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  • Apollo 12 Survived Two Lightning Strikes To Capture These High Quality Lunar Photos

    On November 14, 1969, just four months after Apollo 11 made history and landed on the moon, Apollo 12 took off from Florida’s Kennedy Space Center. Just 36.5 seconds into the flight, lightning struck the Saturn V rocket, causing a false overload that took all three fuel cells offline. A second strike at 52 seconds took out the gyroscopes. The command module was transferred to battery backup, but the Saturn’s guidance system was still functional. Despite the rocky start, the Apollo 12 team reached the lunar surface on November 19. Pete Conrad, Richard Gordon, and Alan Bean became the second team to fly to the moon. When Pete Conrad, a relatively short man at 5’6″, first stepped on the moon he remarked, “Whoopie! Man, that may have been a small one for Neil, but that’s a long one for me.” The following photos are just a few captured by the Apollo 12 astronauts. You can see many others at Project Apollo, but be careful: Once you start looking, it’s impossible to stop.

  • Forget Whale Songs, The ESA Has Discovered Comet Songs

    Remember that weird Aunt you had who wore purple muumuus and turquoise jewelry and would go on about chakras for hours at a time while drinking herbal teas that smelled like butt? Well send a postcard to her commune in Sedona, because those whale song cassette tapes she’s been listening to in her Hyundai Excel since 1987 just don’t cut it anymore. The European Space Agency, who will soon be landing on a comet, discovered that their target, Comet 67P/Churyumov-Gerasimenko, is singing a song. The song is actually oscillations in the magnetic field at 40-50 millihertz, way below what humans can hear. The frequencies were increased to make them audible and the ESA released the track, sure to top the New Age charts very soon. What’s it sound like? Imagine a sped-up version of the pulsing sound you heard when you did Whip-Its when you were really into Aphex Twin. Or something.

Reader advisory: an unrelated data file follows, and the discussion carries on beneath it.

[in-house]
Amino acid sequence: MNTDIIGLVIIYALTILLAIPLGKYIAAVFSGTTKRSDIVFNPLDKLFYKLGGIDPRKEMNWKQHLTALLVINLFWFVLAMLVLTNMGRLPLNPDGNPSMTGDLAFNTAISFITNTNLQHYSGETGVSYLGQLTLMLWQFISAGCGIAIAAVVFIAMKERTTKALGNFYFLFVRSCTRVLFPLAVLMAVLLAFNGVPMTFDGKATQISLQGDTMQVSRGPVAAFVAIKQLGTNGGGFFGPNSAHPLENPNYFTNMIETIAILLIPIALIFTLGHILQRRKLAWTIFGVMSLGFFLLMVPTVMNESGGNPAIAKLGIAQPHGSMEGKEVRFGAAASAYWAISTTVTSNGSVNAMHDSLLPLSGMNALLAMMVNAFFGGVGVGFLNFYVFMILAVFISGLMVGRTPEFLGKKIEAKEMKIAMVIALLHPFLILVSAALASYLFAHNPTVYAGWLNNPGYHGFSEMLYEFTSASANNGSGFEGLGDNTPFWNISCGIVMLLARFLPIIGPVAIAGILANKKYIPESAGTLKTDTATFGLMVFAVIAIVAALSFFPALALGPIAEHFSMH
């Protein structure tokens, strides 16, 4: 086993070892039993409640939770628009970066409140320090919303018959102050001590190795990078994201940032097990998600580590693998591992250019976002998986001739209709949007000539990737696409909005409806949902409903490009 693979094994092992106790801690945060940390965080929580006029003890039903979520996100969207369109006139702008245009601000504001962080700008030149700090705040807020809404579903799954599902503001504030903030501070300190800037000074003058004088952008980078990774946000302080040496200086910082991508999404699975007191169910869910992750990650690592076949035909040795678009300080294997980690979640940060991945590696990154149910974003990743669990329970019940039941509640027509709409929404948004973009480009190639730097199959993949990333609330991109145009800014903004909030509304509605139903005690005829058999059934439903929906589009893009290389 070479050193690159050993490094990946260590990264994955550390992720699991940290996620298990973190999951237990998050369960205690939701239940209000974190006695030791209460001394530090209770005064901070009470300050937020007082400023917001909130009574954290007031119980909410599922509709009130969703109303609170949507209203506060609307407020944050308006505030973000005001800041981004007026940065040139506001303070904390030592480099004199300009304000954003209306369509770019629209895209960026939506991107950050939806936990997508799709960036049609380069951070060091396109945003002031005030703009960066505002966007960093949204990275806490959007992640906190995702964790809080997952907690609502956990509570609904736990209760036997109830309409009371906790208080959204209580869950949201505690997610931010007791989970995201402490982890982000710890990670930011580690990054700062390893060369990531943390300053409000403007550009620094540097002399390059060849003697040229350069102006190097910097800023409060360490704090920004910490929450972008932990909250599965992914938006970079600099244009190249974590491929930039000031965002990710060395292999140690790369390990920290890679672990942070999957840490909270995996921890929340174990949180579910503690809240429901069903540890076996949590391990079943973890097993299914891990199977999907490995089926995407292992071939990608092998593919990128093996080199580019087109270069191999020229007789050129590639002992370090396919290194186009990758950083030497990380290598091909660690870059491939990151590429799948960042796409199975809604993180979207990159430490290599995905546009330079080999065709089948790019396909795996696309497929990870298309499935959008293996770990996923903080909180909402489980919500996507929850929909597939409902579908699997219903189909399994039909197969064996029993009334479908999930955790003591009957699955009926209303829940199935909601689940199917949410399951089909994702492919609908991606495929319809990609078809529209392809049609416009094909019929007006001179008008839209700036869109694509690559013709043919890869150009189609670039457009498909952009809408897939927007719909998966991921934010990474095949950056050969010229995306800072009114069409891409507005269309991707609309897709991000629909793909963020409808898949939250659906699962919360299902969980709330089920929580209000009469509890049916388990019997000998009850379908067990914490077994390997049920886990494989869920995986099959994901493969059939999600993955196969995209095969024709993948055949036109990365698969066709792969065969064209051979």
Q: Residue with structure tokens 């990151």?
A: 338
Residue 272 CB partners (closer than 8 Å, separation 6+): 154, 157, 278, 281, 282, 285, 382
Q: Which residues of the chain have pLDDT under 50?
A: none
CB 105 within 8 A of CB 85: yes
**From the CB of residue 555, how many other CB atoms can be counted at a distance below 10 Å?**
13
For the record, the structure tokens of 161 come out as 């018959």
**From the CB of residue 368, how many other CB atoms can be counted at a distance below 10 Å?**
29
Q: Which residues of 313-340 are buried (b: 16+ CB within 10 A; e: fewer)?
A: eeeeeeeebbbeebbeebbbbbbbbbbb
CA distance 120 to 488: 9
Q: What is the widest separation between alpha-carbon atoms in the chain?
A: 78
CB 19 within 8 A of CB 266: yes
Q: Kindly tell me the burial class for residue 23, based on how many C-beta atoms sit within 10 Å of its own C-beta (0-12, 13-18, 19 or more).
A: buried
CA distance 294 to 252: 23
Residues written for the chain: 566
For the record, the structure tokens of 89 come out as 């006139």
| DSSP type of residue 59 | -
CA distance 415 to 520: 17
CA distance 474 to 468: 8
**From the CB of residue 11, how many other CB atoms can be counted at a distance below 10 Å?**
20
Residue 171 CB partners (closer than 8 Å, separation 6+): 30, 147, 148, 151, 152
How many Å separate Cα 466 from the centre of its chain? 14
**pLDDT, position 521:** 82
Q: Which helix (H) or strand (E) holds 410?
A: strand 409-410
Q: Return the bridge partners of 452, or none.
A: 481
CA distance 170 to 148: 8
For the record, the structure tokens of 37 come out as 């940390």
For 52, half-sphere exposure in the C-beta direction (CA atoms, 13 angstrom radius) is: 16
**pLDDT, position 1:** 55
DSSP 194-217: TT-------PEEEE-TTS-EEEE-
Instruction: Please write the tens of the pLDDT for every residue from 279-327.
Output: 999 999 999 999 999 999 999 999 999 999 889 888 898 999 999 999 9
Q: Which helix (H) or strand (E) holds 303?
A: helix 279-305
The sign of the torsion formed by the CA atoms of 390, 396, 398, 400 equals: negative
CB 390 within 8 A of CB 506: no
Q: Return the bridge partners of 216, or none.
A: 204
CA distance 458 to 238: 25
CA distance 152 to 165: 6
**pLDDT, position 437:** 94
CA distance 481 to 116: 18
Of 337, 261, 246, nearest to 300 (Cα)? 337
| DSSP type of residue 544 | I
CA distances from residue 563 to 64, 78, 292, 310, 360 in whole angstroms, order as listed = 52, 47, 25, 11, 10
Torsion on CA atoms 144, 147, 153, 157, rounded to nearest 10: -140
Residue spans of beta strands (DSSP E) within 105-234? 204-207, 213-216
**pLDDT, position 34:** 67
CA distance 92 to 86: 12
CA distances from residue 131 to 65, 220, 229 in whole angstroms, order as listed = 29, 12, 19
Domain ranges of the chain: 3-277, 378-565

• Our Universe: The 100 Greatest Hubble Space Telescope Images Ever Taken